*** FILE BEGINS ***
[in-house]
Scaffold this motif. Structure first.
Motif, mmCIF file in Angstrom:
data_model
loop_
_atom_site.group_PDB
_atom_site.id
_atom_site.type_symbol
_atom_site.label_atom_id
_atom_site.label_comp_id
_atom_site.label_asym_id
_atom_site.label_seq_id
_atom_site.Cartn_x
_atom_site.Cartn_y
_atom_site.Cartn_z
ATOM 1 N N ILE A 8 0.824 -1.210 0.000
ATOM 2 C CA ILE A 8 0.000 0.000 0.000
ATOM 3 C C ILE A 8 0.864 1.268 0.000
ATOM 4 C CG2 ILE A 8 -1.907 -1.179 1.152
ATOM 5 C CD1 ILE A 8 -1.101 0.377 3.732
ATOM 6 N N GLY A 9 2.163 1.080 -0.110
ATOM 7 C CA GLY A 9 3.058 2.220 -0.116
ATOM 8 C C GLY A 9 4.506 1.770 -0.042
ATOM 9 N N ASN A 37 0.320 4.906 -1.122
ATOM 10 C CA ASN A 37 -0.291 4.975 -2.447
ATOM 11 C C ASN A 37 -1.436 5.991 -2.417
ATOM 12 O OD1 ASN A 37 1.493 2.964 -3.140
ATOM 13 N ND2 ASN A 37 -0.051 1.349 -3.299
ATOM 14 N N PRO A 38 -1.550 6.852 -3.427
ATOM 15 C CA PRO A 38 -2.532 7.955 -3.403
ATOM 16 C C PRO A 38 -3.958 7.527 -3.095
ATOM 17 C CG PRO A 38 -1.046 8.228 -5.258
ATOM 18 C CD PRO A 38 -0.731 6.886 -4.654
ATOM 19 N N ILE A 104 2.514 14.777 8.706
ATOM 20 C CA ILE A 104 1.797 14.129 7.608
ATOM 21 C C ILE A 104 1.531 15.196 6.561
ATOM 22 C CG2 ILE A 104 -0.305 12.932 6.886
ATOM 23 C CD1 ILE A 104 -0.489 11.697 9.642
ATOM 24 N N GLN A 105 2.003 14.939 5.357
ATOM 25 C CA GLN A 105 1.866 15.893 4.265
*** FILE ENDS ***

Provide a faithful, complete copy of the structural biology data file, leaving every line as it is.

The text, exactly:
[in-house]
Scaffold this motif. Structure first.
Motif, mmCIF file in Angstrom:
data_model
loop_
_atom_site.group_PDB
_atom_site.id
_atom_site.type_symbol
_atom_site.label_atom_id
_atom_site.label_comp_id
_atom_site.label_asym_id
_atom_site.label_seq_id
_atom_site.Cartn_x
_atom_site.Cartn_y
_atom_site.Cartn_z
ATOM 1 N N ILE A 8 0.824 -1.210 0.000
ATOM 2 C CA ILE A 8 0.000 0.000 0.000
ATOM 3 C C ILE A 8 0.864 1.268 0.000
ATOM 4 C CG2 ILE A 8 -1.907 -1.179 1.152
ATOM 5 C CD1 ILE A 8 -1.101 0.377 3.732
ATOM 6 N N GLY A 9 2.163 1.080 -0.110
ATOM 7 C CA GLY A 9 3.058 2.220 -0.116
ATOM 8 C C GLY A 9 4.506 1.770 -0.042
ATOM 9 N N ASN A 37 0.320 4.906 -1.122
ATOM 10 C CA ASN A 37 -0.291 4.975 -2.447
ATOM 11 C C ASN A 37 -1.436 5.991 -2.417
ATOM 12 O OD1 ASN A 37 1.493 2.964 -3.140
ATOM 13 N ND2 ASN A 37 -0.051 1.349 -3.299
ATOM 14 N N PRO A 38 -1.550 6.852 -3.427
ATOM 15 C CA PRO A 38 -2.532 7.955 -3.403
ATOM 16 C C PRO A 38 -3.958 7.527 -3.095
ATOM 17 C CG PRO A 38 -1.046 8.228 -5.258
ATOM 18 C CD PRO A 38 -0.731 6.886 -4.654
ATOM 19 N N ILE A 104 2.514 14.777 8.706
ATOM 20 C CA ILE A 104 1.797 14.129 7.608
ATOM 21 C C ILE A 104 1.531 15.196 6.561
ATOM 22 C CG2 ILE A 104 -0.305 12.932 6.886
ATOM 23 C CD1 ILE A 104 -0.489 11.697 9.642
ATOM 24 N N GLN A 105 2.003 14.939 5.357
ATOM 25 C CA GLN A 105 1.866 15.893 4.265